The failure of the major powers to overcome their narrow, short-term interests has crippled the UN’s ability to enforce the peace and security of the world.
by Douglas Roche, O.C.
This article was originally published in Embassy magazine, September 17, 2014. Special thanks go to Jim Creskey, Editor, for his courtesy in permitting us to share the article.
Outside, the headlines blared the new war on the ISIS extremists in Syria and Iraq, but inside the United Nations headquarters in New York, the focus was on building a culture of peace and forging an agenda to wipe out the worst forms of poverty by 2030.
The tensions inside me were fierce as I watched debates play out in the one place charged by international law to protect the peace and security of the world.
The speeches were exhortatory. It was like standing on a mountain and reveling at the sight of the green fields below. But, at the same time, people over the horizonwere being slaughtered by barbarians who have not the slightest regard for elementary humanitarian law.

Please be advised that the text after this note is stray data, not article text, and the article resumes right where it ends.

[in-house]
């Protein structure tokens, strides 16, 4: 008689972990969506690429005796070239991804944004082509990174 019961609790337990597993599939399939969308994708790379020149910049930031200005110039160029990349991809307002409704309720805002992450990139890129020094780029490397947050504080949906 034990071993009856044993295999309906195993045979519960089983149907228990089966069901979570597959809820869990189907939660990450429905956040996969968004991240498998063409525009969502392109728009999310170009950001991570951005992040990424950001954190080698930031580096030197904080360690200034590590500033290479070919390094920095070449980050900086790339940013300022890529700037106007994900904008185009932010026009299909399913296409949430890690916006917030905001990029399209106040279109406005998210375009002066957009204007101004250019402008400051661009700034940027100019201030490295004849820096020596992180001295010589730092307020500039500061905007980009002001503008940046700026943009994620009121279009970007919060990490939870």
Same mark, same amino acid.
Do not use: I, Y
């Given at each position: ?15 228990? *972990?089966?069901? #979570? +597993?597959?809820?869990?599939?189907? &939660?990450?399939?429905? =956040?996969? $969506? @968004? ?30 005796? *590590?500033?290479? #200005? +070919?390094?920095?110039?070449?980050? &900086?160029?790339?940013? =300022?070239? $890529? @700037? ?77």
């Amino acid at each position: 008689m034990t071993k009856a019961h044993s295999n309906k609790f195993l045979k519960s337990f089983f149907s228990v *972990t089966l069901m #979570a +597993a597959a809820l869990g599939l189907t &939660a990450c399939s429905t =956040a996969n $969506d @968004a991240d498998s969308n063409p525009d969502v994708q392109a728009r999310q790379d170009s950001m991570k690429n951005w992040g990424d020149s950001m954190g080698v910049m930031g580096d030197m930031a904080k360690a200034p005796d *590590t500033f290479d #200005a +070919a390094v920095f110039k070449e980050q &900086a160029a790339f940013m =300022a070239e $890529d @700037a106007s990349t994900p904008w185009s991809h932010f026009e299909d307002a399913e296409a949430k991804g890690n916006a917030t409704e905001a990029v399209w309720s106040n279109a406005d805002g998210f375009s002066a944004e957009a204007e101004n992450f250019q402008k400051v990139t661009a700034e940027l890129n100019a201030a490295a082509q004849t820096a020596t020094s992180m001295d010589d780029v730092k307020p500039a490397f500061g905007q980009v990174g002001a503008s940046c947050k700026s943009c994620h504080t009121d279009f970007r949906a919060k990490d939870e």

For three days, I watched UN Secretary-General Ban Ki-moon open various meetings with words of encouragement, while he himself and the world body he represents were being completely ignored by United States President Barack Obama and the other kingmakers as they formed a new coalition to rout Middle East extremists.
Continue reading the article on the Middle Powers Initiative website.
Former Senator Douglas Roche’s latest book is Peacemakers: How People Around the World are Building a World Free of War. He serves as Chairman Emeritus of the Middle Powers Initiative, a program of the Global Security Institute.
Jonathan Granoff is the President of the Global Security Institute, a representative to United Nations of the World Summits of Nobel Peace Laureates, a former Adjunct Professor of International Law at Widener University School of Law, and Senior Advisor to the Committee on National Security American Bar Association International Law Section.